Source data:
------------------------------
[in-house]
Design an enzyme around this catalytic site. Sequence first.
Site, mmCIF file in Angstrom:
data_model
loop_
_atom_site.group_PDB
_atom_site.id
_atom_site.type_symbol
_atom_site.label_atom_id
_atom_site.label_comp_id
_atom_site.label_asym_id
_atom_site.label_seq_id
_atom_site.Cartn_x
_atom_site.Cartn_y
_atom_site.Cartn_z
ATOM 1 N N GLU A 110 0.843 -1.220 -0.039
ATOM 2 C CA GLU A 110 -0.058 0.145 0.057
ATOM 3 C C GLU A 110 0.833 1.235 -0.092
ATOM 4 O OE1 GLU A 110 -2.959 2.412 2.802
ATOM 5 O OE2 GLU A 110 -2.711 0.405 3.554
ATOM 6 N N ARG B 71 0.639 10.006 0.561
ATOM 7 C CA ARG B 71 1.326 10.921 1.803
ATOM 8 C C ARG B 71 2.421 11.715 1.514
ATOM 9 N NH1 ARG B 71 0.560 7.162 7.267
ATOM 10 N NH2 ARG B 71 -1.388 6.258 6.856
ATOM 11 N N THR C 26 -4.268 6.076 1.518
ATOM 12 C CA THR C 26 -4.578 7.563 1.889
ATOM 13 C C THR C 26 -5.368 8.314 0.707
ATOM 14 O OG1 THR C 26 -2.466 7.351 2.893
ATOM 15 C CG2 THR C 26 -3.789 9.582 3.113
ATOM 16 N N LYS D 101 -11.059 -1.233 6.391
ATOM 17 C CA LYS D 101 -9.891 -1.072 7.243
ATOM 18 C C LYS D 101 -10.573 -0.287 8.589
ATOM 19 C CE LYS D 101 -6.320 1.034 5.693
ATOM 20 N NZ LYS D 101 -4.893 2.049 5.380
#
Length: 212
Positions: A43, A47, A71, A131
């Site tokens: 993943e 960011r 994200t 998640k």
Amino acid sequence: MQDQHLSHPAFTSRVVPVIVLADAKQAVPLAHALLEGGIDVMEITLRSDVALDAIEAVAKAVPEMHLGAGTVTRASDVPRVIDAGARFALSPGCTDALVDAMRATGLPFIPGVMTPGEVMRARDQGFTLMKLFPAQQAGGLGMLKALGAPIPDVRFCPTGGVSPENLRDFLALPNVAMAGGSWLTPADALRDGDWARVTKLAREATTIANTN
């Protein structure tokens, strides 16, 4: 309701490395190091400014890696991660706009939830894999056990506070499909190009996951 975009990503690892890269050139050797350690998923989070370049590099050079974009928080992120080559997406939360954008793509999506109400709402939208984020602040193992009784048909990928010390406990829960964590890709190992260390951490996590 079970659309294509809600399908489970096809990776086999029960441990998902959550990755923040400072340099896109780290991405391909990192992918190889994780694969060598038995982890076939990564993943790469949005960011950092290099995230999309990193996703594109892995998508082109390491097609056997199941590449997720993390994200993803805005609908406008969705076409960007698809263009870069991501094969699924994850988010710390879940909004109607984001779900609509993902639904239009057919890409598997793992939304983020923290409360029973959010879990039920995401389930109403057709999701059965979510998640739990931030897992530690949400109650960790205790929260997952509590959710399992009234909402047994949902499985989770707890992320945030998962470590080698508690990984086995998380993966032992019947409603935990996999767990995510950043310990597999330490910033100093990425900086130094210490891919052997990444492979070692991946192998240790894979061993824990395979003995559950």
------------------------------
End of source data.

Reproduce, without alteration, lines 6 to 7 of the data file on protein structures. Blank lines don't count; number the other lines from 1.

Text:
_atom_site.group_PDB
_atom_site.id